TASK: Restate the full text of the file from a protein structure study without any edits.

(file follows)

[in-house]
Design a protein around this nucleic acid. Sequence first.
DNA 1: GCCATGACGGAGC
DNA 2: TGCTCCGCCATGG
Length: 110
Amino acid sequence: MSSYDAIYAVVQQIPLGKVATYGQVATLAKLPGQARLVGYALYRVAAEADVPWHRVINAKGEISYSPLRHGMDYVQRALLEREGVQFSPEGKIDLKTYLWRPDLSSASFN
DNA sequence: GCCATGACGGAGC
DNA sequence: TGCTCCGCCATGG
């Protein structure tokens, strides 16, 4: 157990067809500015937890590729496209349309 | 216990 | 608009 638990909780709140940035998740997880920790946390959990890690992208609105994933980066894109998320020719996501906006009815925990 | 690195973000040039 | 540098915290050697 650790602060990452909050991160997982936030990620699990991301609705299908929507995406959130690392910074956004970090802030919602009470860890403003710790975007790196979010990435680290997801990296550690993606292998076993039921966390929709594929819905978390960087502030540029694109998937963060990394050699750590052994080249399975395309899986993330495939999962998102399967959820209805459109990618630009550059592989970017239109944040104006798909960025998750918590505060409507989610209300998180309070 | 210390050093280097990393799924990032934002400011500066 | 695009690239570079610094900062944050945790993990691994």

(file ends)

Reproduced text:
[in-house]
Design a protein around this nucleic acid. Sequence first.
DNA 1: GCCATGACGGAGC
DNA 2: TGCTCCGCCATGG
Length: 110
Amino acid sequence: MSSYDAIYAVVQQIPLGKVATYGQVATLAKLPGQARLVGYALYRVAAEADVPWHRVINAKGEISYSPLRHGMDYVQRALLEREGVQFSPEGKIDLKTYLWRPDLSSASFN
DNA sequence: GCCATGACGGAGC
DNA sequence: TGCTCCGCCATGG
């Protein structure tokens, strides 16, 4: 157990067809500015937890590729496209349309 | 216990 | 608009 638990909780709140940035998740997880920790946390959990890690992208609105994933980066894109998320020719996501906006009815925990 | 690195973000040039 | 540098915290050697 650790602060990452909050991160997982936030990620699990991301609705299908929507995406959130690392910074956004970090802030919602009470860890403003710790975007790196979010990435680290997801990296550690993606292998076993039921966390929709594929819905978390960087502030540029694109998937963060990394050699750590052994080249399975395309899986993330495939999962998102399967959820209805459109990618630009550059592989970017239109944040104006798909960025998750918590505060409507989610209300998180309070 | 210390050093280097990393799924990032934002400011500066 | 695009690239570079610094900062944050945790993990691994």